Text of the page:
• Read the free preview pages. Every homeschooling book takes a slightly different approach, and the title alone won’t tell you much. You can usually peruse the chapter list and preface for free when shopping online for books.
  • Note that not all prepackaged curricula align with the Common Core. The Common Core is a set of standards established in the U.S. to guide curriculum planning for public school teachers. If you’re buying a prepackaged curriculum, it may or may not align with the Common Core, but the literature should advise you either way.
  • Remember that quality is better than quantity. Traditional students spend about seven hours a day at school. Homeschool kids needn’t hit the books seven hours per day if the quality of individualized instruction is high. In other words, don’t feel pressured to mimic what public schools are doing. Your situation is different.
Keep detailed records of everything you teach your child. This will help with your organizational efforts and make it easier to create an accurate transcript if your student applies to college.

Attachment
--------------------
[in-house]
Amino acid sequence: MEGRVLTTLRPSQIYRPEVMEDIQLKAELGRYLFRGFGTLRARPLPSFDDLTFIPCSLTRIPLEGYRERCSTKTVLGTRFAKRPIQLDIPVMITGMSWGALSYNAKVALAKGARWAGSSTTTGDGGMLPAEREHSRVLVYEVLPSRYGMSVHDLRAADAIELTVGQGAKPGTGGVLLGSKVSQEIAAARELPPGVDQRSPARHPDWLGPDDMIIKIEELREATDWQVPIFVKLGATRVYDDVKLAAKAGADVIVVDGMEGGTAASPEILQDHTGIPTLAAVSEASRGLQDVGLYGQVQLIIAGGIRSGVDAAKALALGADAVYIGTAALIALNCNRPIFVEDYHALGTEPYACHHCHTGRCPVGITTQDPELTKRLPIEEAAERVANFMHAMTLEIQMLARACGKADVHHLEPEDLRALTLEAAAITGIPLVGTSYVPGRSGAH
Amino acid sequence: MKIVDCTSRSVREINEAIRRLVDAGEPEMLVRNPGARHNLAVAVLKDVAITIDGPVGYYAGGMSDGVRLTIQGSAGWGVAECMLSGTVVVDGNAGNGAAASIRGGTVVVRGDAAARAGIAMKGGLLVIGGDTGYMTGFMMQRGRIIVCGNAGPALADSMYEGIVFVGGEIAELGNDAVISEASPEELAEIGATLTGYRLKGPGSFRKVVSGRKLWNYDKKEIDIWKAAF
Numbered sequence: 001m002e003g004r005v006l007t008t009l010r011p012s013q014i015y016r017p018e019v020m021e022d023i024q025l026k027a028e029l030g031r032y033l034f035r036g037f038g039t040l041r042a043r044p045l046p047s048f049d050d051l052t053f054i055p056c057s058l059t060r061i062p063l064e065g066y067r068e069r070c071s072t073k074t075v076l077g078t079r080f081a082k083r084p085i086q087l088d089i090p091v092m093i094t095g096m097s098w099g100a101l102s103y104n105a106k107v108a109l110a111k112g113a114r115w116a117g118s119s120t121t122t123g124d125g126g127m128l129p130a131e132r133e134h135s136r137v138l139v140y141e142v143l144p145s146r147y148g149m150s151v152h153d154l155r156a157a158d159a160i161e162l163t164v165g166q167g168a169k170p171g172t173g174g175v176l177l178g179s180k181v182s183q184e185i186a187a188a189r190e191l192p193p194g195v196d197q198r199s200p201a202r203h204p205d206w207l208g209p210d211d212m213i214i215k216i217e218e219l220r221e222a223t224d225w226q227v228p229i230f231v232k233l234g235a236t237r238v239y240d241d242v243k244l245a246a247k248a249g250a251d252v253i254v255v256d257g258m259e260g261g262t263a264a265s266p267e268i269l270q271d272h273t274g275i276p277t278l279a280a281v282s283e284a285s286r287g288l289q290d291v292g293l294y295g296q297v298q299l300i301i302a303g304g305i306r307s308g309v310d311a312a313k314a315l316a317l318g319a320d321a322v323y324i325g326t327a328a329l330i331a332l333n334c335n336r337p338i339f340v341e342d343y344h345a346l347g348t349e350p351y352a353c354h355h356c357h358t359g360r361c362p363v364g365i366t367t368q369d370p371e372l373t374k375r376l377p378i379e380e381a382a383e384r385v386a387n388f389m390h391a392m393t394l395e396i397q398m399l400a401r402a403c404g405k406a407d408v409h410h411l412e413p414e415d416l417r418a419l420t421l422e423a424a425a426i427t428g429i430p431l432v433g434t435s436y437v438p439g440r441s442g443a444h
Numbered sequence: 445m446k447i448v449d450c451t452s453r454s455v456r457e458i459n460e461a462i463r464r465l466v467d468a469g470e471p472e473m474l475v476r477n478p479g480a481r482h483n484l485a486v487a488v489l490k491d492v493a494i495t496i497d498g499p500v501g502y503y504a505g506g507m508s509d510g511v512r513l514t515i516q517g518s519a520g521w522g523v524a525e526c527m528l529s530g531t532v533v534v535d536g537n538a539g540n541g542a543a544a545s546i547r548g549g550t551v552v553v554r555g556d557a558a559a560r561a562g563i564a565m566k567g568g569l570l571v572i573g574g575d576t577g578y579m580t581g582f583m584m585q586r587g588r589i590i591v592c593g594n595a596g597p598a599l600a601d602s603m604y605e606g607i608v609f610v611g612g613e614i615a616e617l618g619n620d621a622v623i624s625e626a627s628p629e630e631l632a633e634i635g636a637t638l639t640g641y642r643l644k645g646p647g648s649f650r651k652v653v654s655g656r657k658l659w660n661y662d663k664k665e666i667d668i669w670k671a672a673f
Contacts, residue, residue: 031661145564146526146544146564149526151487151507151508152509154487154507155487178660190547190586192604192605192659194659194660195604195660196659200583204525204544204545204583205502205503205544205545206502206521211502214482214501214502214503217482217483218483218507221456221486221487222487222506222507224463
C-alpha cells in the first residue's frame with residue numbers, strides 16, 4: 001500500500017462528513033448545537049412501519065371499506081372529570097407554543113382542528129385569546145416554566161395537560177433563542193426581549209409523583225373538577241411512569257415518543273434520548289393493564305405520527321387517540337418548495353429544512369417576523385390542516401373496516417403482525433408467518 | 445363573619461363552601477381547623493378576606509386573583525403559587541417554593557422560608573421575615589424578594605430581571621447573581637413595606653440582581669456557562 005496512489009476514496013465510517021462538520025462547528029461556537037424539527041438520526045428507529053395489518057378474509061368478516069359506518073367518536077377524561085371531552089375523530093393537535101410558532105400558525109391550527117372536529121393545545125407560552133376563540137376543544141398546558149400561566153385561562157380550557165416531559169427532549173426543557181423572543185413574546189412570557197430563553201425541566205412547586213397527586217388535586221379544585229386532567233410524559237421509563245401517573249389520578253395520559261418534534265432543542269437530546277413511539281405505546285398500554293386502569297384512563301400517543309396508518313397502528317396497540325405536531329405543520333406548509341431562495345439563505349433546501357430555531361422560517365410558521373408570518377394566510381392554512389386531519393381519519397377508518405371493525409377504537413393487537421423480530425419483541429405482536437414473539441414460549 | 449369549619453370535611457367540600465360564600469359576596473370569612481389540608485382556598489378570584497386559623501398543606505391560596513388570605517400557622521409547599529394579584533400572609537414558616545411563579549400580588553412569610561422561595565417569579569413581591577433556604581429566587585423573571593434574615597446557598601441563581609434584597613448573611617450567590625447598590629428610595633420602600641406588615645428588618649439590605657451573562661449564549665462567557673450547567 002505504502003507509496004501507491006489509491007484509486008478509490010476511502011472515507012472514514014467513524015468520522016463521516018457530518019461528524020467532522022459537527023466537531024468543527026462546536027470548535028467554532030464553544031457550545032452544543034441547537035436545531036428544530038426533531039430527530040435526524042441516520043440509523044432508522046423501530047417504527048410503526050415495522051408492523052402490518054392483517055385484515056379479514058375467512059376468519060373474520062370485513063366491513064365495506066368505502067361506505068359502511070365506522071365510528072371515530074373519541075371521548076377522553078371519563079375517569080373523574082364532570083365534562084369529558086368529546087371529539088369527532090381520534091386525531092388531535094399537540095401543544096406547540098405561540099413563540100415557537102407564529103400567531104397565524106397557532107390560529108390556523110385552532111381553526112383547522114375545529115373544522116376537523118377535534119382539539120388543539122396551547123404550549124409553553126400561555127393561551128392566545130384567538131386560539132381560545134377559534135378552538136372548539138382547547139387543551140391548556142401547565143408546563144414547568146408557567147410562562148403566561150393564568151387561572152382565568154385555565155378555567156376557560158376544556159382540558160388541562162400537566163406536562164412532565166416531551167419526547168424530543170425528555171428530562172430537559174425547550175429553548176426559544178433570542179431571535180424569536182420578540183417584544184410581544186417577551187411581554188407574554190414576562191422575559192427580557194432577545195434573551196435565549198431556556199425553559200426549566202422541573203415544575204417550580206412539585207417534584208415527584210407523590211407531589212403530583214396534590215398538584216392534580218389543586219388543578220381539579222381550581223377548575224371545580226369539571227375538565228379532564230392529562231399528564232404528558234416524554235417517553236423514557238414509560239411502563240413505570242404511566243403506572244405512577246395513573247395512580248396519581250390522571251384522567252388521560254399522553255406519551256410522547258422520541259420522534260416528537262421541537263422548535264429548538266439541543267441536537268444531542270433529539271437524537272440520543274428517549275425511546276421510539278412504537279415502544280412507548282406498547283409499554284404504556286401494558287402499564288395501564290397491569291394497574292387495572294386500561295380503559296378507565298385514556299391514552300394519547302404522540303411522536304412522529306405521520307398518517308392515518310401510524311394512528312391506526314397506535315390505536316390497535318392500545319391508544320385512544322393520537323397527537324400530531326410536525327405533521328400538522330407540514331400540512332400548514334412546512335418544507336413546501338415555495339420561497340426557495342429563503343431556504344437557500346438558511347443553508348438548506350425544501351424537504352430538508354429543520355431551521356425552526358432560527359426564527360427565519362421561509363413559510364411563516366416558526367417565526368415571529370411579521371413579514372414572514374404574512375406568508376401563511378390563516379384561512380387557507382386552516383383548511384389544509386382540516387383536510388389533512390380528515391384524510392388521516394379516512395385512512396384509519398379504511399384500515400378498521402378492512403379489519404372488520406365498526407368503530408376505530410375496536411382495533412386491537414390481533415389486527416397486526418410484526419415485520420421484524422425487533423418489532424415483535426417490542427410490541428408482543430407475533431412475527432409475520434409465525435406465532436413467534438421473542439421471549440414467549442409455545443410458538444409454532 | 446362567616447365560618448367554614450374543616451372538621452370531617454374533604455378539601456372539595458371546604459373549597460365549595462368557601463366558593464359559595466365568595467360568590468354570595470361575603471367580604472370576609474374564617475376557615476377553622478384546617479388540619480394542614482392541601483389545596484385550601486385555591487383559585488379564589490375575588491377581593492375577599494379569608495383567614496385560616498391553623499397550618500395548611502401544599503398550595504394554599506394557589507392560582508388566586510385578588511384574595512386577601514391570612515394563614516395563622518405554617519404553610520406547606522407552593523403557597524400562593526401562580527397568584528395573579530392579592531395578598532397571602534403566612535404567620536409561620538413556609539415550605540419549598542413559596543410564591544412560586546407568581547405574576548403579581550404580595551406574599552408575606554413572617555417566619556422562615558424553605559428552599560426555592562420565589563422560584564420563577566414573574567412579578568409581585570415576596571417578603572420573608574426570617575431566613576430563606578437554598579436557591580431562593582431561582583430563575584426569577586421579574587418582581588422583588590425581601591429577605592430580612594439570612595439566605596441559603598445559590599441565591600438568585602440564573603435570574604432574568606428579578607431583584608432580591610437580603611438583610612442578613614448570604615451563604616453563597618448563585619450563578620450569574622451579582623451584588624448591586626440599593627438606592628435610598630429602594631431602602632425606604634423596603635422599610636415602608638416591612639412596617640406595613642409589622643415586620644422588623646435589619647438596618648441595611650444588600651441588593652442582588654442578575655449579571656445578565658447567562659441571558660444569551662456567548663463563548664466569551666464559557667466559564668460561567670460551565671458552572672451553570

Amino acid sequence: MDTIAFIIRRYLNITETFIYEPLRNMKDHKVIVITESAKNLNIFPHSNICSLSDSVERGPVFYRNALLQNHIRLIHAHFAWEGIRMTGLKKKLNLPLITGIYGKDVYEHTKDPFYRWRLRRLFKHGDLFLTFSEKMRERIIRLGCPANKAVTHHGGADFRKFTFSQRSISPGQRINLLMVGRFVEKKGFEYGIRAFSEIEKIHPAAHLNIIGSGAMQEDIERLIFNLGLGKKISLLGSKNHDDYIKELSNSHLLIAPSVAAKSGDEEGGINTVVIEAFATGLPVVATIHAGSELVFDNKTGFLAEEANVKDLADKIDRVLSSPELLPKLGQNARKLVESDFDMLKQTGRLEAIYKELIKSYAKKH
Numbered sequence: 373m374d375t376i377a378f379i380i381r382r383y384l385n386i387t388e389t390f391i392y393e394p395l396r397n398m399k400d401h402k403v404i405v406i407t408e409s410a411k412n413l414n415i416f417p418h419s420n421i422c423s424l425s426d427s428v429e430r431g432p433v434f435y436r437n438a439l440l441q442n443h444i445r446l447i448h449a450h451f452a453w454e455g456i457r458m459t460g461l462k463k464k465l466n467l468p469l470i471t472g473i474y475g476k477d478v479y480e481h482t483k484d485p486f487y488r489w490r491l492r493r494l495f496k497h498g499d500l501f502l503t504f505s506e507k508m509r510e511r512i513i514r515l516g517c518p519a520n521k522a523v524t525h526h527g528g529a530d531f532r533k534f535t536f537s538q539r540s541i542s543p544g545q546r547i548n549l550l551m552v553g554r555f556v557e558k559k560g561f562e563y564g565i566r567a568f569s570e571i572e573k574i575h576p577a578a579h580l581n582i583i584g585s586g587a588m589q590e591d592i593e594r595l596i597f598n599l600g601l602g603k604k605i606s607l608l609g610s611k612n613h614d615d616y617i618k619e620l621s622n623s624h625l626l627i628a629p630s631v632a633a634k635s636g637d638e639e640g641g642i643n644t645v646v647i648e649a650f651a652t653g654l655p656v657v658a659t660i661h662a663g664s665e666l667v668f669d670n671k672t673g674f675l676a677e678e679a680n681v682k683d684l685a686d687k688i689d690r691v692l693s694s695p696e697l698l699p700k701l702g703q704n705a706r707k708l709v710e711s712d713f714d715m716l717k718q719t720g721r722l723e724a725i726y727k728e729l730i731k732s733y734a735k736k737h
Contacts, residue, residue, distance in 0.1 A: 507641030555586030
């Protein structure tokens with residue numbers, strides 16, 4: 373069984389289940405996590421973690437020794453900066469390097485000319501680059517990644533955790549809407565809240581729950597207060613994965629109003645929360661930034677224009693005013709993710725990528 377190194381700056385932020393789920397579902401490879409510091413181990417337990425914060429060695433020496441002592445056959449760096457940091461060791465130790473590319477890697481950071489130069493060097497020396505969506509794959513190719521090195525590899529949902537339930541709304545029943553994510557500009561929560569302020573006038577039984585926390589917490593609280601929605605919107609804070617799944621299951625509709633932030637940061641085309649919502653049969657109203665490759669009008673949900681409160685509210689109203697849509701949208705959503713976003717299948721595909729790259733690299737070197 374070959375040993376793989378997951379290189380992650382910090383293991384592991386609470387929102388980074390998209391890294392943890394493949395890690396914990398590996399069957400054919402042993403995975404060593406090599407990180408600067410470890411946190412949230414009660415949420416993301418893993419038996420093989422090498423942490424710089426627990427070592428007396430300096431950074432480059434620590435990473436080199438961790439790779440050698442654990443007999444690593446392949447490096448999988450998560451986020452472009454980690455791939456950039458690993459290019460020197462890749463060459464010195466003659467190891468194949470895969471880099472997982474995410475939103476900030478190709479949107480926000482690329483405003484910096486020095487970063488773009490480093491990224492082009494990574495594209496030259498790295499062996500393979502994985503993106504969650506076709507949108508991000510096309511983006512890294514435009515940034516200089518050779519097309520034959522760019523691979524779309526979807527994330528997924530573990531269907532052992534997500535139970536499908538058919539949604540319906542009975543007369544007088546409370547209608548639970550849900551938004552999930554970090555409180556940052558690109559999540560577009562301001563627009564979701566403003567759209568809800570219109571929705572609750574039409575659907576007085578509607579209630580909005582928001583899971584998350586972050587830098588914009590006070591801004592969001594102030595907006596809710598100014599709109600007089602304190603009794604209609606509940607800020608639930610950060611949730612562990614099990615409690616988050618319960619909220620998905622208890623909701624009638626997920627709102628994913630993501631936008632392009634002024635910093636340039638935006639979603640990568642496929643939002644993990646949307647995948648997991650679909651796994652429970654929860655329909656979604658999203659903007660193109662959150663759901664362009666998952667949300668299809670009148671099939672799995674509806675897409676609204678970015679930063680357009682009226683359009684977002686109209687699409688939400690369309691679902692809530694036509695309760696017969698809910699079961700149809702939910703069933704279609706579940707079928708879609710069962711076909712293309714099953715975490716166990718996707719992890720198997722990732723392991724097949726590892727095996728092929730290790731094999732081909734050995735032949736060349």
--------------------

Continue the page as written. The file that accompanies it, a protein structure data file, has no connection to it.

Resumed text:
FAQ

Q. Must I use an accredited homeschool program?
A.
No. While home schools aren’t required to receive accreditation, public schools must be accredited: an outside agency monitors the school’s ability to meet certain criteria and standards. That said, if you plan to transfer your homeschooled child to public school one day, it’ll be easier to do so if you can prove the child has earned credits from an accredited program. In that case, you may wish to enroll your child in an online distance learning program at home.

Q. How does the college admission process work for students who were homeschooled?
A.
Students who were homeschooled still need a transcript to apply for college. As a homeschooling parent, you are responsible for creating that document. The transcript should include a detailed account of the subjects taught over the years. Plenty of online resources exist to help you with this. Colleges often give greater scrutiny to the ACT or SAT scores of homeschooled applicants, so be sure your student studies for and takes these tests.